able to back these up with data. What’s working?
• Understand why our numbers are improving, so we know 11. What about incentives? We should focus on how states are
what works; home in on the numbers and help others do positioned—are incentives unclear or in opposition?
12. How do we engage adjunct instructors in the process?
• The first message is that we must always emphasize
“educating with data”—the public must understand our 13. What are the consequences of completion?
student populations. The second message is for the presi-
14. What would be the return of investment if we had more
dents. We must help manage their fear of “looking bad,”
so the message is that we are here to “help the college to
improve, not to look bad.” Get overarching bodies in- 15. Do students believe it is in their best interests to complete?
American Association of Community Colleges | 9
16. Who will write the script of completion? The definition of benefits of the completion agenda and the best practices.
completion does not match the community college model.
• Conduct local and regional conversations around the call
17. What happens after 2020? Are we done? for action.
18. What are the numbers in each state to reach the 2020
goal? Does AACC have these data? • Engage and convene meetings with K–12 systems and
universities. There must be a seamless transition between
19. What about the lack of jobs in the economy and how that all sectors.
relates to the number of completers entering the job market?
• Identify ways to build relationships with adult basic edu-
20. Are data available about how community colleges are cation providers.
raising the skill levels of people who attend and what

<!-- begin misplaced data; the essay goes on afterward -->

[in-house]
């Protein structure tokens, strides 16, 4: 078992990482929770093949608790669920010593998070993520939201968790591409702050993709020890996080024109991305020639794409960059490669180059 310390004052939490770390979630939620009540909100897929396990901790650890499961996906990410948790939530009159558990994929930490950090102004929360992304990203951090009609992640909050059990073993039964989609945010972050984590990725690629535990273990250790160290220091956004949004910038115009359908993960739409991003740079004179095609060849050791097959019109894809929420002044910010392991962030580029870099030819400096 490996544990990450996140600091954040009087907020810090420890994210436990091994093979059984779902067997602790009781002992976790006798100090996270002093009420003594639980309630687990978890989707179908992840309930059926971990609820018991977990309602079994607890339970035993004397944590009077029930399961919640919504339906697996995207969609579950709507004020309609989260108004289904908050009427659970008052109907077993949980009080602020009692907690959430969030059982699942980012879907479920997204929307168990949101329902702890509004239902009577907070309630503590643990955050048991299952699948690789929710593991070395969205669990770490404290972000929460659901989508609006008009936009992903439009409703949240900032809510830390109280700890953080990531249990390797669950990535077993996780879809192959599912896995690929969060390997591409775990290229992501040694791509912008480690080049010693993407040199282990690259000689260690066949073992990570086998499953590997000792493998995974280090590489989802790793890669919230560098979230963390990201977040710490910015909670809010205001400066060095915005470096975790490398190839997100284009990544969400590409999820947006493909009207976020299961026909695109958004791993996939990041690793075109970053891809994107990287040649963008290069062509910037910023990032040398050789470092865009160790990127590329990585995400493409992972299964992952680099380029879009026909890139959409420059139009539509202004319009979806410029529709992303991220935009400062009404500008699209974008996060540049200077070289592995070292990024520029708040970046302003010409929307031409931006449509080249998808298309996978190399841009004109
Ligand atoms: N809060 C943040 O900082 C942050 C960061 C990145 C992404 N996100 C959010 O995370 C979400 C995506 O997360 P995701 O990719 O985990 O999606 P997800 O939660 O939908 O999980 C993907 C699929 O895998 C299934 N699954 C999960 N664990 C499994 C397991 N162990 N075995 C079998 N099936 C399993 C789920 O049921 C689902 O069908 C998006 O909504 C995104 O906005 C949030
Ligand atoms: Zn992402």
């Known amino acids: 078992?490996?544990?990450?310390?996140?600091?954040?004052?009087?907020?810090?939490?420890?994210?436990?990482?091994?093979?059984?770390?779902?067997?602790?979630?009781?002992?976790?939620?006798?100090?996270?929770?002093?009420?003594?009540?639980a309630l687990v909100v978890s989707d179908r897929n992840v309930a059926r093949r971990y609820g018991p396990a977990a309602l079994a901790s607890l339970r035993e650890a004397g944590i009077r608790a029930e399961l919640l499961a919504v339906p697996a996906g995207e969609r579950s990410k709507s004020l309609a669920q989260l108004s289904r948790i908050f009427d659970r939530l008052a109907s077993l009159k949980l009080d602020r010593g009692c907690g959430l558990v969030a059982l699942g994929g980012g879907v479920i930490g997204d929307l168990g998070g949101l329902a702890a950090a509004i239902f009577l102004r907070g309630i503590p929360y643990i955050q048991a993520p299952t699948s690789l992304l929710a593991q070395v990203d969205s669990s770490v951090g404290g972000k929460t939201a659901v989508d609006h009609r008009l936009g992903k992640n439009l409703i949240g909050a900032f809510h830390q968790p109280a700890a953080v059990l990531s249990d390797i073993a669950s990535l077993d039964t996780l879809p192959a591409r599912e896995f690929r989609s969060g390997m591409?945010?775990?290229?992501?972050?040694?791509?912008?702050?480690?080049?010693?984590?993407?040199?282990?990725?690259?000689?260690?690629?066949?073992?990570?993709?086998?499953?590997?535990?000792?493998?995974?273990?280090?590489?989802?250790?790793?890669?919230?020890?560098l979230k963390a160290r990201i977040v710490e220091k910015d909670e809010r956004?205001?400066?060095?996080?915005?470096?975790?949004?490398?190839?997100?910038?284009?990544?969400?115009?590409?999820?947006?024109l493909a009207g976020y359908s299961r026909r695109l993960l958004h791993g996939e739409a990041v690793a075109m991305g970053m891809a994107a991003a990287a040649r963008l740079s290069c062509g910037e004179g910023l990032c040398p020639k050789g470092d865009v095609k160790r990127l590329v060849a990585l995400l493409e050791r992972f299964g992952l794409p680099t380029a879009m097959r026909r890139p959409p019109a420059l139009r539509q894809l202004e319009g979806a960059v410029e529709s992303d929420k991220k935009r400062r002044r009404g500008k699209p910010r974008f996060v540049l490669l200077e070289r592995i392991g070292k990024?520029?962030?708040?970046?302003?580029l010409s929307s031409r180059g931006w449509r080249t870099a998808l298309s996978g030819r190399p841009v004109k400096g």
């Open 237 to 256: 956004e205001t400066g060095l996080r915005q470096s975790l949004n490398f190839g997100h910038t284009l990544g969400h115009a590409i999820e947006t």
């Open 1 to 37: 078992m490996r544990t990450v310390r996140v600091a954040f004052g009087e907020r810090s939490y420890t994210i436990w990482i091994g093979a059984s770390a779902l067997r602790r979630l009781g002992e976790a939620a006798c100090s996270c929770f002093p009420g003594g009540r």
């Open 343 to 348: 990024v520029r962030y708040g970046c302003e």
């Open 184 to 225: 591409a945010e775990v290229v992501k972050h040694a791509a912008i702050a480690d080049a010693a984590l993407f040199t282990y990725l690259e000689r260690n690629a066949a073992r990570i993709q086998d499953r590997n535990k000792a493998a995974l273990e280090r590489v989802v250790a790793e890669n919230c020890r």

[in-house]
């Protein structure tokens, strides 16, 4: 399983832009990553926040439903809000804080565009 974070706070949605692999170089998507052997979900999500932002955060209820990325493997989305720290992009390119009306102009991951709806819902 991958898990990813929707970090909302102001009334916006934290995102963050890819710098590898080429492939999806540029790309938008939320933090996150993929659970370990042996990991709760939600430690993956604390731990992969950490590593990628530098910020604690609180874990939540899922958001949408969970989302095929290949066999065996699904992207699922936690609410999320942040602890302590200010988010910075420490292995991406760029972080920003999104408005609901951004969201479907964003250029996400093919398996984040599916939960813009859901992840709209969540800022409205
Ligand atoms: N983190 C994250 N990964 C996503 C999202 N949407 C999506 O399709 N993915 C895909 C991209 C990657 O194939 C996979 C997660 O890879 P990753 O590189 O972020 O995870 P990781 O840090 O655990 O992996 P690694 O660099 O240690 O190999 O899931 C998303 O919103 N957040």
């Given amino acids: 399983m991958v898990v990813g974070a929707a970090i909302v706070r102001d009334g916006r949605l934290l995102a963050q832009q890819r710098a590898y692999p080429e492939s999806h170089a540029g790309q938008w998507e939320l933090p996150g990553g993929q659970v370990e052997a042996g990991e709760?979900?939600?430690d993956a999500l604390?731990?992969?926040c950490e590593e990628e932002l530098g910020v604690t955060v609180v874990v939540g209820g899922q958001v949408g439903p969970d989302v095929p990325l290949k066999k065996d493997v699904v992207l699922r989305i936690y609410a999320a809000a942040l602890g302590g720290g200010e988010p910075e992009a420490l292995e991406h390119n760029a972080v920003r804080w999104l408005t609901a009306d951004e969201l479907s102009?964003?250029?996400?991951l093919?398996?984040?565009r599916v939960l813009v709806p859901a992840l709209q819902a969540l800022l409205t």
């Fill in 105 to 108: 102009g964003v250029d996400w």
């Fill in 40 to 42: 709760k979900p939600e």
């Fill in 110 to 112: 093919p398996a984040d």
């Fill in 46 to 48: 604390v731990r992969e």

the long-term effect is on the overall lifelong success of a • Identify ways to work with student organizations such as
student? PTK. This organization, as well as students, is ahead of
us. PTK has developed a toolkit. It plans to disseminate
21. Should students be required to complete an AA before
posters regarding students’ roles in completion.
22. Are there best practices for faculty to use as resources? • Develop a national campaign/agenda that informs the
community about student success efforts. We need to talk
to people about success; they don’t understand what com-
What Can AACC Do to Promote munity colleges are doing to get students to complete.
Accountability and Support the Sector?
• Provide a student success “elevator speech” for commu-
AACC is the primary advocacy organization for the nation’s
community colleges. Participants identified ways that AACC
• Build upon the White House Summit. Utilize technology
might advance the completion agenda.
to help get the message across. Develop and disseminate
• Continue to work with the federal government on finan-
cial aid. It is hard to implement some programs with